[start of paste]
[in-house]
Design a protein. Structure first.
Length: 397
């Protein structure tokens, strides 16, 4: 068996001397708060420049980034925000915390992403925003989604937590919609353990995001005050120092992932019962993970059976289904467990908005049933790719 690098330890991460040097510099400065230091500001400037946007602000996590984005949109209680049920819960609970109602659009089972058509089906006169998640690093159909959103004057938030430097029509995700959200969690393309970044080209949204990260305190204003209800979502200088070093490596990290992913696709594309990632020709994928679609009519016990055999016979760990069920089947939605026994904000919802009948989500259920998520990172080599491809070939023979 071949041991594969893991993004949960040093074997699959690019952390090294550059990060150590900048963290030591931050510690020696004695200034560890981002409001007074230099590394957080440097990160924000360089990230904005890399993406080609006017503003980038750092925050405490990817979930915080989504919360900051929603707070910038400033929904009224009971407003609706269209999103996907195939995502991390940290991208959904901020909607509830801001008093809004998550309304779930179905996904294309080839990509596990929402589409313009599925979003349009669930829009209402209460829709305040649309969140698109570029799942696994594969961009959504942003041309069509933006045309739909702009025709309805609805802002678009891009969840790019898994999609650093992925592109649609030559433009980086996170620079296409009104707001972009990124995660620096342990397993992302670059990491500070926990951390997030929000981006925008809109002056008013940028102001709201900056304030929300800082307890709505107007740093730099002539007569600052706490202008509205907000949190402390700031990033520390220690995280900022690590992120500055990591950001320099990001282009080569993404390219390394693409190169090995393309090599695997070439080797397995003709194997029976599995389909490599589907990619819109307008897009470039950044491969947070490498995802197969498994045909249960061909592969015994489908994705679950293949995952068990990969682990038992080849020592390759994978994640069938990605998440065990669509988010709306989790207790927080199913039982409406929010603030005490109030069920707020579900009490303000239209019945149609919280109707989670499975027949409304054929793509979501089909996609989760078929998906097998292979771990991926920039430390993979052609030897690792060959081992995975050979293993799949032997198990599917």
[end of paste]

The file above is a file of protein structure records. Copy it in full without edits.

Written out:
[in-house]
Design a protein. Structure first.
Length: 397
């Protein structure tokens, strides 16, 4: 068996001397708060420049980034925000915390992403925003989604937590919609353990995001005050120092992932019962993970059976289904467990908005049933790719 690098330890991460040097510099400065230091500001400037946007602000996590984005949109209680049920819960609970109602659009089972058509089906006169998640690093159909959103004057938030430097029509995700959200969690393309970044080209949204990260305190204003209800979502200088070093490596990290992913696709594309990632020709994928679609009519016990055999016979760990069920089947939605026994904000919802009948989500259920998520990172080599491809070939023979 071949041991594969893991993004949960040093074997699959690019952390090294550059990060150590900048963290030591931050510690020696004695200034560890981002409001007074230099590394957080440097990160924000360089990230904005890399993406080609006017503003980038750092925050405490990817979930915080989504919360900051929603707070910038400033929904009224009971407003609706269209999103996907195939995502991390940290991208959904901020909607509830801001008093809004998550309304779930179905996904294309080839990509596990929402589409313009599925979003349009669930829009209402209460829709305040649309969140698109570029799942696994594969961009959504942003041309069509933006045309739909702009025709309805609805802002678009891009969840790019898994999609650093992925592109649609030559433009980086996170620079296409009104707001972009990124995660620096342990397993992302670059990491500070926990951390997030929000981006925008809109002056008013940028102001709201900056304030929300800082307890709505107007740093730099002539007569600052706490202008509205907000949190402390700031990033520390220690995280900022690590992120500055990591950001320099990001282009080569993404390219390394693409190169090995393309090599695997070439080797397995003709194997029976599995389909490599589907990619819109307008897009470039950044491969947070490498995802197969498994045909249960061909592969015994489908994705679950293949995952068990990969682990038992080849020592390759994978994640069938990605998440065990669509988010709306989790207790927080199913039982409406929010603030005490109030069920707020579900009490303000239209019945149609919280109707989670499975027949409304054929793509979501089909996609989760078929998906097998292979771990991926920039430390993979052609030897690792060959081992995975050979293993799949032997198990599917």